• Store the list of attached observers and provide operations for adding and removing the
observer objects.
• Expose an operation to notify all the attached observers
 Observer (interface):
• Defines an interface for updating mechanism.
 ConcreteSubject:
Get the update either from an external source or from any of the attached observer
and notify the attached observers in case of change state.
 ConcreteObserver:
• Maintains a reference to a ConcreteSubject object.
• Stores state that should stay consistent with the subject's.
• Implements the Observer updating interface to keep its state consistent with the
subject's
Applying the Observer
Step 1 : Make the Observers behave in the same way.
Step 2 : Have the observers register themselves.
Step 3 : Notify the observers when the event occurs.
Step 4 : Get the information from the observable.
A case study…
In a university….when a student changes his address…pass this
information to:
a) Exams department
b) Transport department.
What's the solution?
Applying observer to case study
Implementation: Observer interface
public interface myObserver
{
public void update(Student s);
}
Implementation: ExamDept
class ExamDept implements myObserver
{
public void update(Student s){
System.out.println("Student Updated in Exam Dept");
System.out.println("New Address: "+ s.getAddress());
}
}
Implementation: TransportDept
class TransportDept implements myObserver
{
public void update(Student s)
{
System.out.println("Student Updated in TD");
System.out.println("New Address: "+s.getAddress());
}
}
Implementation: Student
class Student{
private String address;
private Vector myObs;
public Student(){ myObs = new Vector(); address = "Rawalpindi"; }
public void register( myObserver obs ){ myObs.addElement ( obs ); }
public void unRegister (myObserver obs){ myObs.remove (obs); }
public void notifyObs (){
Enumeration e = myObs.elements();
while( e.hasMoreElements ()) { ((myObserver) e.nextElement
()).update(this); } }
public void changeAddress (){ address = "Islamabad"; notifyObs(); }
}
Implementation: Main
class Main{
public static void main(String[]args){
Student s = new Student();
TransportDept td = new TransportDept();
ExamDept ed = new ExamDept();
System.out.println("Present Address:" + s.getAddress());
s.register (td);
s.register (ed);
s.changeAddress ();
System.out.println("******Unregister Exam Dept*******");
s.unRegister (ed);
s.changeAddress (); }}
Real Life Example
Auctions:
“Auctions demonstrate this pattern. Each bidder possesses a numbered paddle
that is used to indicate a bid. The auctioneer starts the bidding, and "observes" when a
paddle is raised to accept the bid. The acceptance of the bid changes the bid price which
is broadcast to all of the bidders in the form of a new bid”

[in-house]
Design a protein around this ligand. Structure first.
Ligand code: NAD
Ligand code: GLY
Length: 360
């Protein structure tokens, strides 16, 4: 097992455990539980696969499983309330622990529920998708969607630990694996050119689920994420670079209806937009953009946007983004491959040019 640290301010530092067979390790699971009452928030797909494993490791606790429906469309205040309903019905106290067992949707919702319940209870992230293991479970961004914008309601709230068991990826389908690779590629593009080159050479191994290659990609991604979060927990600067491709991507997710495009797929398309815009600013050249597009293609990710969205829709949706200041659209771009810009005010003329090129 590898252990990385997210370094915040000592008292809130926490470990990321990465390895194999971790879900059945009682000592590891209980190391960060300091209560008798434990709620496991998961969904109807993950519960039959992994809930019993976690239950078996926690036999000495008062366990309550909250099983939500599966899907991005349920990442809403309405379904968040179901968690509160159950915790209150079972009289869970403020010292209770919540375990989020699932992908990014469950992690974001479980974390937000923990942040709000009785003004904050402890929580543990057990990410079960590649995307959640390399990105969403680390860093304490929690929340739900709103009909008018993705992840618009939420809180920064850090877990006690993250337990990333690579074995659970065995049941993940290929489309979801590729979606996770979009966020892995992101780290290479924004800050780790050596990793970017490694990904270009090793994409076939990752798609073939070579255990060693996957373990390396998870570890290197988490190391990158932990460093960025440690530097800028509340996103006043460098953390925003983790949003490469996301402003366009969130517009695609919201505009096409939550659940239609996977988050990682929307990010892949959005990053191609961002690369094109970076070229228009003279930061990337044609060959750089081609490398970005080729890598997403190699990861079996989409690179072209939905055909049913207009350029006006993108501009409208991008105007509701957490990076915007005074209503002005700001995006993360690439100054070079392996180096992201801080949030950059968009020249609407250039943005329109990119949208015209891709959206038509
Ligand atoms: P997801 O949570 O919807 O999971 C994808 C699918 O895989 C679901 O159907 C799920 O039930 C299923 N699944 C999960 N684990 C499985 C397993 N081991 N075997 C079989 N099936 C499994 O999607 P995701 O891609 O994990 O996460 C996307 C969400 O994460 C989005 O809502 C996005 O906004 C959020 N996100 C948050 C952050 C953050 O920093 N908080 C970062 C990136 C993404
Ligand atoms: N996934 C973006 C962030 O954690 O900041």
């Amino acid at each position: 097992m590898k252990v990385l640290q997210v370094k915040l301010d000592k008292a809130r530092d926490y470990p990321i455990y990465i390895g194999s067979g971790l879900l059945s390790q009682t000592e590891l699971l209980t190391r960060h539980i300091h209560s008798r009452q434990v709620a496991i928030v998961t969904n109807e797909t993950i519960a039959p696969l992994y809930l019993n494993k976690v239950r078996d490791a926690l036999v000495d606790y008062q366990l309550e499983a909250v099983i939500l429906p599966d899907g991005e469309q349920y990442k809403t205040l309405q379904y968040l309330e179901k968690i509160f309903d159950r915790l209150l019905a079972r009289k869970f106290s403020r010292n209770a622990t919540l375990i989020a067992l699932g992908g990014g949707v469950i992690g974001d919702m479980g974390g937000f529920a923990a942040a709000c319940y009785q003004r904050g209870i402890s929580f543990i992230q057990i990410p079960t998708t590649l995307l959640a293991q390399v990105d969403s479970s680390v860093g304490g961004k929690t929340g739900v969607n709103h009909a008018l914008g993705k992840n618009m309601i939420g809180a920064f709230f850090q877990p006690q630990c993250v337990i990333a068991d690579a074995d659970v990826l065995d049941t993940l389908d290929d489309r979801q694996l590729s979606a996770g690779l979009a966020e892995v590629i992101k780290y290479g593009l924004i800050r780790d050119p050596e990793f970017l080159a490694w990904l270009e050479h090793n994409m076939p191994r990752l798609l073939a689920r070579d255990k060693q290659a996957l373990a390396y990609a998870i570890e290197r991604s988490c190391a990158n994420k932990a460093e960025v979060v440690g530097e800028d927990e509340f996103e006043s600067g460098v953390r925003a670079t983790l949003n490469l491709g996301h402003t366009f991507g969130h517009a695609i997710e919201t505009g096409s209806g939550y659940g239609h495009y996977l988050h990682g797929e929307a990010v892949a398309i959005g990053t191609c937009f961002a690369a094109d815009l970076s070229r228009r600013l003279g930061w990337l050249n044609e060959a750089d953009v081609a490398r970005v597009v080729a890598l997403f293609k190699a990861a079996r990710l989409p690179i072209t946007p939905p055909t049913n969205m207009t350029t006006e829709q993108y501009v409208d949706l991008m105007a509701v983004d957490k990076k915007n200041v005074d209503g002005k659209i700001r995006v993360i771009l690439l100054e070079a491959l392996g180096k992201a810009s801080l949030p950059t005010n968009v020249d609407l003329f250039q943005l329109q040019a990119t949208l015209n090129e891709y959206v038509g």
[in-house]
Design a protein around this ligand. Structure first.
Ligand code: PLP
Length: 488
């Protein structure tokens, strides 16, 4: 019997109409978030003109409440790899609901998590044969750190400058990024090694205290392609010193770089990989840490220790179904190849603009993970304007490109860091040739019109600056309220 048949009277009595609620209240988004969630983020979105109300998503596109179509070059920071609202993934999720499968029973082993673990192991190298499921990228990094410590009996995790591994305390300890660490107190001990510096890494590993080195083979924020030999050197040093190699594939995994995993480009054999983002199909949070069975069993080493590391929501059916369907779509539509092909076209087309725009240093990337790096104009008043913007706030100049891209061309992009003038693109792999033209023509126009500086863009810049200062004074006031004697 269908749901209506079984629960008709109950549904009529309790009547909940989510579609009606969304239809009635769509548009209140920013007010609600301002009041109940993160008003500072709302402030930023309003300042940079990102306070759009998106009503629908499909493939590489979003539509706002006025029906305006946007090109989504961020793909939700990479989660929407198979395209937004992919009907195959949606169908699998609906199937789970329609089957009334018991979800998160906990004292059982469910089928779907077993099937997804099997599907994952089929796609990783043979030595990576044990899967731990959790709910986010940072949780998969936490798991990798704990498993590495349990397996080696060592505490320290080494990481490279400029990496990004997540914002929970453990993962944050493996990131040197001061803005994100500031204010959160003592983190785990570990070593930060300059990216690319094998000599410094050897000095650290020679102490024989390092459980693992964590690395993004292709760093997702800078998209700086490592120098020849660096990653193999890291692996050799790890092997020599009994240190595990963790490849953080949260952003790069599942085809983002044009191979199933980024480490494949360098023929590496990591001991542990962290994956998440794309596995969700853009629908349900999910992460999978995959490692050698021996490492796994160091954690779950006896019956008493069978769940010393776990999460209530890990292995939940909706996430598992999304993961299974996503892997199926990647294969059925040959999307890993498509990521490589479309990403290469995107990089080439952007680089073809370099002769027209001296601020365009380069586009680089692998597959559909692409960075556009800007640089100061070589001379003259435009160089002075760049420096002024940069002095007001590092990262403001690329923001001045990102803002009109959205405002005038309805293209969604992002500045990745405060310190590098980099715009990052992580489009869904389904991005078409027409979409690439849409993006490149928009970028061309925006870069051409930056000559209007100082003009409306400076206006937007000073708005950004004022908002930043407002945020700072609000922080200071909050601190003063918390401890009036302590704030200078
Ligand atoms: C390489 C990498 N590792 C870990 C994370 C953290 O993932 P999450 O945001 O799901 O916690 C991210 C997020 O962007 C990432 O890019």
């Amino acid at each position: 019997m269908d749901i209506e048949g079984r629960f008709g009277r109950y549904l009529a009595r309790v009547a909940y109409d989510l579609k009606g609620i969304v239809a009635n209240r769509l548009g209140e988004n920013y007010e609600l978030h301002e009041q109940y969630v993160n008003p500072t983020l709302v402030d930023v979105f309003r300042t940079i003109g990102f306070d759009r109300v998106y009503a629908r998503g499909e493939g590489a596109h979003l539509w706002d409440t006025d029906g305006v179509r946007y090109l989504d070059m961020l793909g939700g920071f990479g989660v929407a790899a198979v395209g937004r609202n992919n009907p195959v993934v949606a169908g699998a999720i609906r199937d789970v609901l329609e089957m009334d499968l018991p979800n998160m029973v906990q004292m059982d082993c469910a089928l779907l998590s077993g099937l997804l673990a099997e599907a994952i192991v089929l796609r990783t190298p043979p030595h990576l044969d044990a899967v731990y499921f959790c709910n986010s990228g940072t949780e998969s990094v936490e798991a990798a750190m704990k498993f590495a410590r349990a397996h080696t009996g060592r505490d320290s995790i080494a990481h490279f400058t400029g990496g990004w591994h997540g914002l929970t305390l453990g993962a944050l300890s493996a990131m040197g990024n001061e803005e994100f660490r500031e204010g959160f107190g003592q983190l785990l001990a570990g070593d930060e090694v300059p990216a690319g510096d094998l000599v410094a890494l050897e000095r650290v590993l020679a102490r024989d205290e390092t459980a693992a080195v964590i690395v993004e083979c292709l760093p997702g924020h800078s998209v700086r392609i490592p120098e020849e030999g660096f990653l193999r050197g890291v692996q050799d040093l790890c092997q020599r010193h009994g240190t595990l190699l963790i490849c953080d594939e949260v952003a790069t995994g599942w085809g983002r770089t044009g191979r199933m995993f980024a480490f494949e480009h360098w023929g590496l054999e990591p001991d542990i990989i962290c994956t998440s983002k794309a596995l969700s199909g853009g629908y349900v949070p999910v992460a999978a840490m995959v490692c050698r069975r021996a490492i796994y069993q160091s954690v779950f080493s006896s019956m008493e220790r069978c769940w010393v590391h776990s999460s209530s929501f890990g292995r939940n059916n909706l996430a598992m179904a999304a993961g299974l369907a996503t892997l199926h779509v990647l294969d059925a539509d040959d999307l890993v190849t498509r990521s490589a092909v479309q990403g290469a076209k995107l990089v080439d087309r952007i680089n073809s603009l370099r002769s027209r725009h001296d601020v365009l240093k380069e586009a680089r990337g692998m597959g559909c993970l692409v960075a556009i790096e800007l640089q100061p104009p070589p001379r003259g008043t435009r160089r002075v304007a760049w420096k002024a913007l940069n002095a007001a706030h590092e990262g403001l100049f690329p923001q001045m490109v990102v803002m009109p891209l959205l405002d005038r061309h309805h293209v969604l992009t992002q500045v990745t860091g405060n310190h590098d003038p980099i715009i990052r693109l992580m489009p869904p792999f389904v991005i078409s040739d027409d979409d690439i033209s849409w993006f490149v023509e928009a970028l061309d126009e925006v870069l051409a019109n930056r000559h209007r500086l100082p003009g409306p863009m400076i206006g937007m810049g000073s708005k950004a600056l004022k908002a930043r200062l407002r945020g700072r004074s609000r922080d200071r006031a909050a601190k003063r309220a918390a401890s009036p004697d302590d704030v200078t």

Pros & Cons
Pros :
i. Decoupling of subject and observer, each can be extended and reused
individually.
ii. Dynamic addition and removal of observers at runtime.
iii. Subject broadcasts notification automatically to all interested objects, no
matter how many or which kind of observers are registered.
Cons :
i. May result in many notifications the observers are not interested in
ii. Potentially difficult for the observers to figure out the specific state change of
the subject.
Factory Pattern
(Creational)
Factory- Creational Pattern
Intent:
“Define an interface for creating an object, but let
subclasses decide which class to instantiate”
Also Known as Virtual Constructor.
Problem:
“A framework needs to standardize the architectural model for a
range of applications, but allow for individual applications to define
their own domain objects and provide for their instantiation”
Solution:
 Factory Method Pattern offer a solution. It encapsulates the
knowledge of which Document subclass to create and moves this
knowledge out of the framework.
 Application subclasses redefine an abstract CreateDocument( ) on
Application to return an appropriate Document subclass.
 Once an application subclass is instantiated , It can then
instantiate application – specific Documents without knowing
their Class , We call CreateDocument( ) a Factory Method
because it is responsible for manufacturing an object.
Structure
Participants:
 Product( IHttpHandler)
. Defines the interface of objects the factory method creates.
 ConcreteProduct ( ASP.SamplePage_aspx )
. Implements the Product Interface.
 Creator ( IHttpHandlerFactory )
. Declares the factory method and may provide a default
implementation for it.
. It returns an object of type Product.
 ConcreteCreator( PageHandlerFactory )
. Overrides the factory method to return an instance of
ConcreteProduct.
Implementation:
 Two major varieties:
1. Abstract Creator class with no default implementation
2. Concrete Creator with default implementation.
 Solutions:
1. Parameterized Methods
2. Templates
Parameterized Factory Method:
class Creator {
public:
virtual Product* Create( ProductID id ) {
if (id == P1) return new MyProduct ;
if (id == P2) return new YourProduct;
// other products ...
return 0;
}};